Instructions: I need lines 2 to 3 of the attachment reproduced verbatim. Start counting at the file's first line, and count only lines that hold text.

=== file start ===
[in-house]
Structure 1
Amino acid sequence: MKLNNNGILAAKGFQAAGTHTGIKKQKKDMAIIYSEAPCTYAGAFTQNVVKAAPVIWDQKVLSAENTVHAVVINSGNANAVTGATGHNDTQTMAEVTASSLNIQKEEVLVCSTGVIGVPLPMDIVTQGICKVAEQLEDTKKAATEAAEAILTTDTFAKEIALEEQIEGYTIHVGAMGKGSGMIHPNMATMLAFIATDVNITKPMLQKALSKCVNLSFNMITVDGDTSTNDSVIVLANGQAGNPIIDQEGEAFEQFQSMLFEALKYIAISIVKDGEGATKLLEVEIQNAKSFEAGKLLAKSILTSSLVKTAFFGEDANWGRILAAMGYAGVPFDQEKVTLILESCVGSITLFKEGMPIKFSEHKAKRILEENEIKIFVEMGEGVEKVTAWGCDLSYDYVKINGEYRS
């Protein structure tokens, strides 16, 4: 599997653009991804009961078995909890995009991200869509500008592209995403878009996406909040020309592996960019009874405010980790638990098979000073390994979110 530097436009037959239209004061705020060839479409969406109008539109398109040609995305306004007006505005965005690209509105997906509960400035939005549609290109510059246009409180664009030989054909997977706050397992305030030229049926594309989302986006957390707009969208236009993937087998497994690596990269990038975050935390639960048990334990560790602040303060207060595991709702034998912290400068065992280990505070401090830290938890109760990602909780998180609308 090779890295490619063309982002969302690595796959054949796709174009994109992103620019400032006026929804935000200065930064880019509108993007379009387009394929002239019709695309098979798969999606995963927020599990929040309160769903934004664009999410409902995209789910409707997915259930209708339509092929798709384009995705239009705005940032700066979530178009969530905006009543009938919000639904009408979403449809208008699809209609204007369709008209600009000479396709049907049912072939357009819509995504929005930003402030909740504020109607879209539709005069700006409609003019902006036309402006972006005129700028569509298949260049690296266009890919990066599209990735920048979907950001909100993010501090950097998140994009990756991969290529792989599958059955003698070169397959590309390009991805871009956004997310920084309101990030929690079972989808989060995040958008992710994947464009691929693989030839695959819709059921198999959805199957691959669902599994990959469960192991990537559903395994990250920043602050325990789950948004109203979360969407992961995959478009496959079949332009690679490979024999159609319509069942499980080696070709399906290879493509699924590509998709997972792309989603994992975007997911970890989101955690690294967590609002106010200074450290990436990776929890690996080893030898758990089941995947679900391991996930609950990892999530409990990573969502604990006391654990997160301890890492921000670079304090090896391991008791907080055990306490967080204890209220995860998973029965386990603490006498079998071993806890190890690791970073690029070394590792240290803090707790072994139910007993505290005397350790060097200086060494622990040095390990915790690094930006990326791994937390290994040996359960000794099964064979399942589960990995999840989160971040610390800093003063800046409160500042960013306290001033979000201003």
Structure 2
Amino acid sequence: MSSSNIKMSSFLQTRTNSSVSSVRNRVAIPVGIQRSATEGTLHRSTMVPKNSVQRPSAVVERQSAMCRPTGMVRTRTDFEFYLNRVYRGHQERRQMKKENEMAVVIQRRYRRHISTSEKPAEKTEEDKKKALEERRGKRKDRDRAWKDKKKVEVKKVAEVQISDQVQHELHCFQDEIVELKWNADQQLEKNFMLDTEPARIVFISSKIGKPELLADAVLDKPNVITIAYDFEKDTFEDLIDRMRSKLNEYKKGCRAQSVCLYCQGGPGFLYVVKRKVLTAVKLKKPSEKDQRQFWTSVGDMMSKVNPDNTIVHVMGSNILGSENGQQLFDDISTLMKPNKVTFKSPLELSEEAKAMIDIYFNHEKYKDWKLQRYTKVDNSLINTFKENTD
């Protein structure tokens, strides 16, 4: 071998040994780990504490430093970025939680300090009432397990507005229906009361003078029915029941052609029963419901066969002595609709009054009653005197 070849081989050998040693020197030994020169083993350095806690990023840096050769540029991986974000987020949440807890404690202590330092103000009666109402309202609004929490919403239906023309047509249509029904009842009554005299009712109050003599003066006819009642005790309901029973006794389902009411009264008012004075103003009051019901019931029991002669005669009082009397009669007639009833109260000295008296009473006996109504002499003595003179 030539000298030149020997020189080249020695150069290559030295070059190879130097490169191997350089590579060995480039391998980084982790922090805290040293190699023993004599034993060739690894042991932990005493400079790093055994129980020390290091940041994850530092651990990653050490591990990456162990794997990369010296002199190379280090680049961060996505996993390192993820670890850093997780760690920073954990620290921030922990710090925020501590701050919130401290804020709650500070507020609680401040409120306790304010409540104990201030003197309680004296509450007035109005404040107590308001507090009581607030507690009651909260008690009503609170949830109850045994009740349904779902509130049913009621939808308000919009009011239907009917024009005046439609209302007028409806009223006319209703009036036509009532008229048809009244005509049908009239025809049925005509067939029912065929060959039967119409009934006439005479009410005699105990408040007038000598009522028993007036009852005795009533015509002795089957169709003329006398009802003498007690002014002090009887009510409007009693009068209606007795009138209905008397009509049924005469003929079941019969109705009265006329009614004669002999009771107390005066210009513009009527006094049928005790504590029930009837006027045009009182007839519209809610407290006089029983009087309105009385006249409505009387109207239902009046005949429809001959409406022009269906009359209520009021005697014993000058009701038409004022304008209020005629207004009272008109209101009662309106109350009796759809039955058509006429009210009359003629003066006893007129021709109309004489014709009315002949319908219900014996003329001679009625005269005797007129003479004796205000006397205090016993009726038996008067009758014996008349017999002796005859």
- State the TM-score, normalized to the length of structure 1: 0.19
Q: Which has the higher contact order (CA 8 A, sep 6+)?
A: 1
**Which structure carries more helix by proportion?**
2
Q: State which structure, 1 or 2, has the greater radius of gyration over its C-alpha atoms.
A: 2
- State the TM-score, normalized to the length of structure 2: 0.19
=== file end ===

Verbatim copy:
Structure 1
Amino acid sequence: MKLNNNGILAAKGFQAAGTHTGIKKQKKDMAIIYSEAPCTYAGAFTQNVVKAAPVIWDQKVLSAENTVHAVVINSGNANAVTGATGHNDTQTMAEVTASSLNIQKEEVLVCSTGVIGVPLPMDIVTQGICKVAEQLEDTKKAATEAAEAILTTDTFAKEIALEEQIEGYTIHVGAMGKGSGMIHPNMATMLAFIATDVNITKPMLQKALSKCVNLSFNMITVDGDTSTNDSVIVLANGQAGNPIIDQEGEAFEQFQSMLFEALKYIAISIVKDGEGATKLLEVEIQNAKSFEAGKLLAKSILTSSLVKTAFFGEDANWGRILAAMGYAGVPFDQEKVTLILESCVGSITLFKEGMPIKFSEHKAKRILEENEIKIFVEMGEGVEKVTAWGCDLSYDYVKINGEYRS